installation, applications, and

costs

Visit the nonprofit information

resource www.hearingloop.org

54 tfwm.com May 2010


From TECHNOLOGIES FOR WORSHIP (and tfwm.com), May, 2010, with permission

There are many advantages to hearing aid compatible

loop systems. For example, many hearing aids now come

with a mic + telecoil (M/T) setting that enables one to

hear sound from nearby people singing or speaking while

simultaneously receiving direct PA system input. Additionally,

sound broadcast by one’s own hearing instrument is

contained in one’s ear, without bothering others nearby.

Moreover, there is no need to juggle between headsets

and hearing aids (during, say, a worship service). There

are no hygienic concerns about putting in or on one’s ear

what has been around others’ ears. And most importantly,

when not hearing well, people need only activate their

telecoils. There’s no need to get up, seek out, and wear

conspicuous equipment (which, as TFWM readers have

likely noticed, few people with hearing loss take the

initiative to do).

Wisconsin audiologist Juliette Sterkens and her engineer

husband Max Mayfield have recently installed hearing

loops in 30 Wisconsin churches, with gratifying responses,

sometimes spoken through tears. The following is a list

of testimonials they have heard.

“What I experienced last Sunday was nothing short of a

miracle. For the very first time in many, many years I was

able to hear every single word said in church along with

every note of music. I cannot express my thankfulness in

words. It was truly one of my most memorable moments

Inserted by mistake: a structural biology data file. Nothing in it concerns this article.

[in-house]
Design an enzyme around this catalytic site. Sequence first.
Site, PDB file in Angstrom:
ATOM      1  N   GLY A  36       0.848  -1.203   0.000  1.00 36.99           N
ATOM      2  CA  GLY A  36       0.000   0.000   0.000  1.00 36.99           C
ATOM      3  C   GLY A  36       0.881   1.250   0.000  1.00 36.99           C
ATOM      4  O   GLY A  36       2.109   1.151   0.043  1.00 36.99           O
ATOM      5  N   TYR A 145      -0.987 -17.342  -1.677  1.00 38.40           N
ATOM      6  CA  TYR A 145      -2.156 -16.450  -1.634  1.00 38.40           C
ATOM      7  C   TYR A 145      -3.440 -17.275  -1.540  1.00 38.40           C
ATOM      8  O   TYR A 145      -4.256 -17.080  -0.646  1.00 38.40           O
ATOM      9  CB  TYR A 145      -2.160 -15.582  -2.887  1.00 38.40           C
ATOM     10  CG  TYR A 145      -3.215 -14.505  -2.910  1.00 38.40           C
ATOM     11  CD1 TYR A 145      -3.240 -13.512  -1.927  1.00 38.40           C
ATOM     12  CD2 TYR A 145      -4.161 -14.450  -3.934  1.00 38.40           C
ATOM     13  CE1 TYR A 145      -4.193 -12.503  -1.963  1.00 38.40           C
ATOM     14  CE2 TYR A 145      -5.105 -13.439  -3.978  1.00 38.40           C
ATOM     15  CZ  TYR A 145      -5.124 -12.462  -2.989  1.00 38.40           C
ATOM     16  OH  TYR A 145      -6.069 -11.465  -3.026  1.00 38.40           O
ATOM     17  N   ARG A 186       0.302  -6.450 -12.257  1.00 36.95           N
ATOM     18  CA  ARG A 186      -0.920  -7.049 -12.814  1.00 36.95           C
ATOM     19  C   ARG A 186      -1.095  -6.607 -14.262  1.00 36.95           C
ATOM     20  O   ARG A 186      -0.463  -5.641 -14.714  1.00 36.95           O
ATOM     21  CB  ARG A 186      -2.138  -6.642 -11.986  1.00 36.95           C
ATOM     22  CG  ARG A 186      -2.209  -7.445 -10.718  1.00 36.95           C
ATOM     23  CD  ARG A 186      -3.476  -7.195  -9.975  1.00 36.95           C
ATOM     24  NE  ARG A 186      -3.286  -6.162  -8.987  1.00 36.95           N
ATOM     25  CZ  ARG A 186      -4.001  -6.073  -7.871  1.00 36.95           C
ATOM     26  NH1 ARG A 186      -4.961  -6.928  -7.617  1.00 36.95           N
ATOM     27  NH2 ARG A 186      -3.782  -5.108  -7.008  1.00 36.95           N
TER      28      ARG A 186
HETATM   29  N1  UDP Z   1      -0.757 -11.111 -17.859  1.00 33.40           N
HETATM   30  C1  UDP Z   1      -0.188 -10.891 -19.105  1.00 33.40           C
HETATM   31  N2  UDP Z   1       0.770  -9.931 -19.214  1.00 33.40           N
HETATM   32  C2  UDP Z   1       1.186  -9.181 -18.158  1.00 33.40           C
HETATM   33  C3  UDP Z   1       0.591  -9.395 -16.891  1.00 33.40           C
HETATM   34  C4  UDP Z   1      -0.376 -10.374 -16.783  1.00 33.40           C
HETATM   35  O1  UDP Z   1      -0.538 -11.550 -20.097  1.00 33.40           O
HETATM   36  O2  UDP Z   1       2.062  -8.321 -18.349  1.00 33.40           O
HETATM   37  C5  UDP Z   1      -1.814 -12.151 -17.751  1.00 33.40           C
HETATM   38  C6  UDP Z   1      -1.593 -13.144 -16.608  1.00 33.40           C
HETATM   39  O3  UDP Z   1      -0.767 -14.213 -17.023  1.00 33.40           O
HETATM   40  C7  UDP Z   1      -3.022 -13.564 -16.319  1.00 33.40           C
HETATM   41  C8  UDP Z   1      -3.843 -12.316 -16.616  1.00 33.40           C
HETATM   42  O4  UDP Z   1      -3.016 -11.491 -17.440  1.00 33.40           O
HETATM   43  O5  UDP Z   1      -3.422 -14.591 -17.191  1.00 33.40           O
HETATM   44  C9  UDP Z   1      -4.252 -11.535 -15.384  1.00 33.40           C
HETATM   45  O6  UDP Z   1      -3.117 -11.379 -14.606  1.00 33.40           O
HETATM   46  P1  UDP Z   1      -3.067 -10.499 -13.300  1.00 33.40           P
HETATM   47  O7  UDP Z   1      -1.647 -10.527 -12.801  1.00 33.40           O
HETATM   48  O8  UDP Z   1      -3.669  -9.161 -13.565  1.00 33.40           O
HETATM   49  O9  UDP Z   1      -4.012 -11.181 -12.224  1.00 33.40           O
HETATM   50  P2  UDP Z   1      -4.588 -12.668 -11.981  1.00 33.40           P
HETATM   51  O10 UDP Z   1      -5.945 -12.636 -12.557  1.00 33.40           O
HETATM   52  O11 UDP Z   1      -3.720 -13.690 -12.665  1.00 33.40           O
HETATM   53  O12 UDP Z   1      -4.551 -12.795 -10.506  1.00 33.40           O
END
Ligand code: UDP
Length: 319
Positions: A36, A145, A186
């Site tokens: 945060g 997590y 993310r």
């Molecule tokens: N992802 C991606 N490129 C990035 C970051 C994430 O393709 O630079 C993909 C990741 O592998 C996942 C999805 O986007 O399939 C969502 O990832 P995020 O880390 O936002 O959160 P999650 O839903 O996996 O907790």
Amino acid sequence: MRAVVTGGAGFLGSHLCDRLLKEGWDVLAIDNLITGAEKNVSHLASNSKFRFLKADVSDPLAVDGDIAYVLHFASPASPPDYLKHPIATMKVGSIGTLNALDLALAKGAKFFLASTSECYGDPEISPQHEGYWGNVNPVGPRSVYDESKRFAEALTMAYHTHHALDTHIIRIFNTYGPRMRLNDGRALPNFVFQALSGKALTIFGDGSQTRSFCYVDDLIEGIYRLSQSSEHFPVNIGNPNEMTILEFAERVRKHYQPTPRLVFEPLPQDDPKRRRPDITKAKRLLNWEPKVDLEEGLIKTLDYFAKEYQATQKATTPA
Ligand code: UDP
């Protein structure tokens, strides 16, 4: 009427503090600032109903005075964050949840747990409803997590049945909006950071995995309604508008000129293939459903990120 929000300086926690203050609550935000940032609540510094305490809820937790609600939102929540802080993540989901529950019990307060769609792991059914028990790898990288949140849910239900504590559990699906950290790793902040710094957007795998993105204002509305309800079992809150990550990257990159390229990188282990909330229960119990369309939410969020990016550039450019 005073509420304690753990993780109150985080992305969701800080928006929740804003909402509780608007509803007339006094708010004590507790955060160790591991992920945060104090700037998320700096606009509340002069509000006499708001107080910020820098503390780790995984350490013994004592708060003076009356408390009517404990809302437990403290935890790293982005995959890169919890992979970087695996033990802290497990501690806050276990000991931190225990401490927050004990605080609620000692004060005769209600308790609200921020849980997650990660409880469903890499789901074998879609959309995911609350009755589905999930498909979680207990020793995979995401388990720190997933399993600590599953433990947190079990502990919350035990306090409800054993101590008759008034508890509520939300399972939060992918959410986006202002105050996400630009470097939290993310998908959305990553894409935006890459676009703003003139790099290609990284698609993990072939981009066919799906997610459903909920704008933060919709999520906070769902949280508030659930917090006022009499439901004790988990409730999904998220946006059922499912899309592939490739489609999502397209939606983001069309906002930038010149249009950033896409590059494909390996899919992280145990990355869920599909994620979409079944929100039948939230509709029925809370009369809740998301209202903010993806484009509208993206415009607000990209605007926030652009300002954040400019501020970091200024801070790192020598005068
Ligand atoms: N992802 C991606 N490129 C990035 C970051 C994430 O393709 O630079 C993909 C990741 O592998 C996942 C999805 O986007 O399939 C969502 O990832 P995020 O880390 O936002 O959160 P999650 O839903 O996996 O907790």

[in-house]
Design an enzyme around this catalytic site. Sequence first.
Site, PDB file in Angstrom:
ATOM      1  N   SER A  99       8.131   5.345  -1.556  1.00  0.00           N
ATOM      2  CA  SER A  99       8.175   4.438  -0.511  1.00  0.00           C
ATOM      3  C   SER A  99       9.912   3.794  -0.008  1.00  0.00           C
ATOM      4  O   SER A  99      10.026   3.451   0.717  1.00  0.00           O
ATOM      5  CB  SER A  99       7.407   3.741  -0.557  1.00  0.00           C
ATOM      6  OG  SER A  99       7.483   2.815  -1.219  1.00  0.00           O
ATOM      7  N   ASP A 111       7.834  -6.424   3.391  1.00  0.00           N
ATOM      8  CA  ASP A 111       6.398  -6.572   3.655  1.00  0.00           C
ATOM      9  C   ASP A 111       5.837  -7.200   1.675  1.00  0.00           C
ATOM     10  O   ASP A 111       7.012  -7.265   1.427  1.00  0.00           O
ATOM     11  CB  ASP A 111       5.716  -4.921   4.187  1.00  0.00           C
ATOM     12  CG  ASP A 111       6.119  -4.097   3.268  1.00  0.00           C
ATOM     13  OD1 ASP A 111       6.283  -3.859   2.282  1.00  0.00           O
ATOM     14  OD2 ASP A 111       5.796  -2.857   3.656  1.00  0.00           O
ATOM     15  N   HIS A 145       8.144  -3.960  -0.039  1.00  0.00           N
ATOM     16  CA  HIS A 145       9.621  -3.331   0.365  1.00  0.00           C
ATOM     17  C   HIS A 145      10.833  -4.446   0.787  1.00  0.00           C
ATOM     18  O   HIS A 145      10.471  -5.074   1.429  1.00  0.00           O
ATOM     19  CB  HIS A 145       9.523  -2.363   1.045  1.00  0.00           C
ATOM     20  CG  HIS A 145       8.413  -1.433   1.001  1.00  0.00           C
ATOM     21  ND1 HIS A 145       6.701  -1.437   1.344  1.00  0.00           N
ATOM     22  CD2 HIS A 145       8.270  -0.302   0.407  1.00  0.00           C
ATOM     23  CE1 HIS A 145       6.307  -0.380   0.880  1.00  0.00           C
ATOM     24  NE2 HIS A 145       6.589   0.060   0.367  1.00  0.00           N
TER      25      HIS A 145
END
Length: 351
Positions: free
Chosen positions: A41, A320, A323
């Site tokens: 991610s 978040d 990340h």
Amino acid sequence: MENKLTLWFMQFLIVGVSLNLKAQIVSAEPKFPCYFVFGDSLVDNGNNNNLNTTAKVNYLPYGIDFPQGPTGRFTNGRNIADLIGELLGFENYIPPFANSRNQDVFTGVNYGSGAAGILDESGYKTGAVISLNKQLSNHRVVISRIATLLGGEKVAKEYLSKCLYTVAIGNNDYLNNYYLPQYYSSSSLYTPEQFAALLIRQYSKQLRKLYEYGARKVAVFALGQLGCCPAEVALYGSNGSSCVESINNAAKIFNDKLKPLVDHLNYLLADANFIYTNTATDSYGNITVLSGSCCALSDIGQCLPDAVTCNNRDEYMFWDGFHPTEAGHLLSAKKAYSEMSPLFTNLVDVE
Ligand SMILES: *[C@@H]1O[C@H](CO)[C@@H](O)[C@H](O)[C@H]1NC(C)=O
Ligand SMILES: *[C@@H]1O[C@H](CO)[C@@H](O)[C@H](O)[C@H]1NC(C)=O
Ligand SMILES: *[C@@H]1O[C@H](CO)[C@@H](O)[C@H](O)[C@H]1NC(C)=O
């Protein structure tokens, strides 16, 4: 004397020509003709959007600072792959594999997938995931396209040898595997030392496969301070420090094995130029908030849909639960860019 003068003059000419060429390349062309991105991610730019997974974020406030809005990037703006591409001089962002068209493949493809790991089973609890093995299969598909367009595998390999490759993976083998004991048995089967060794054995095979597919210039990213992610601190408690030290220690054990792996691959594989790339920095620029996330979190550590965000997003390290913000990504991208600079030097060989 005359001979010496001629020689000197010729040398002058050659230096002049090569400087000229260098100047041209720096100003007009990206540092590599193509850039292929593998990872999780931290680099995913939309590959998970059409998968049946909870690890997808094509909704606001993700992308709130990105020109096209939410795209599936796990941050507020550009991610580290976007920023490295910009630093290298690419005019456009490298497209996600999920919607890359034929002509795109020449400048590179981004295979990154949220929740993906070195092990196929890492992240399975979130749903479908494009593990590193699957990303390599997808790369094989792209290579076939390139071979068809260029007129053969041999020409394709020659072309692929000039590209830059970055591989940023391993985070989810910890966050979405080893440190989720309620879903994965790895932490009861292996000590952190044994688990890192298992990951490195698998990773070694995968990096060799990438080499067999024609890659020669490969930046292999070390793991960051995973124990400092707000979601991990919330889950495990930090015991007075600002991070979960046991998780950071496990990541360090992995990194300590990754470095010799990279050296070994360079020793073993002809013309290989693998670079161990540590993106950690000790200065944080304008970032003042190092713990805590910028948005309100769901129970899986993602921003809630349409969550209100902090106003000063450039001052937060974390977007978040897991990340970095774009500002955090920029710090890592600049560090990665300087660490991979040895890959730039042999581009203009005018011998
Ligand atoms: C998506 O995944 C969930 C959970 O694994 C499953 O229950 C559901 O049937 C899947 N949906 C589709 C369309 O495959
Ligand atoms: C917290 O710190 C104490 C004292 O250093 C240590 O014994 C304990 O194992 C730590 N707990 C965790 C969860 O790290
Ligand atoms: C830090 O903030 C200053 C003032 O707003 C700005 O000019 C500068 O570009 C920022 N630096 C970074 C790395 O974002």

in my life and I felt ‘normal.’”

“I took my mother to Mass. In her words, ‘I could hear

every word, and this is the first time that’s happened in

years.’ She went on to say how much more she got out of

the service and realized how much she had been missing.”

One skeptic from another state undertook due diligence

to assess the suitability of a hearing loop for his own

church:

“I can certainly attest to the spread of the loop system

in Michigan. Before we installed our [church’s] system I

telephoned a number of facilities listed by a loop vendor

as having installed such a system. I was amazed to

discover that not a single installed site had anything but

vociferous praise for the product! One would expect at

least one naysayer in a group that large (22). But there

was not a single one!”

As we approach a tipping point where hearing loops become

the accepted user-friendly assistive listening technology,

we can take satisfaction in knowing that churches are

leading the culture. As they enable their people to better

hear the word, worship centers are also enabling people

to glimpse a future in which hearing instruments have

doubled functionality- as not only microphone amplifiers,

but also as customized, wireless loudspeakers. u

Hope College social psychologist David G. Myers has

written two dozen articles advocating the coming transformation

in American assistive listening. He has also

created hearingloop.org and authored ‘A Quiet World: Living

with Hearing Loss’ (Yale University Press).

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May 2010 tfwm.com 55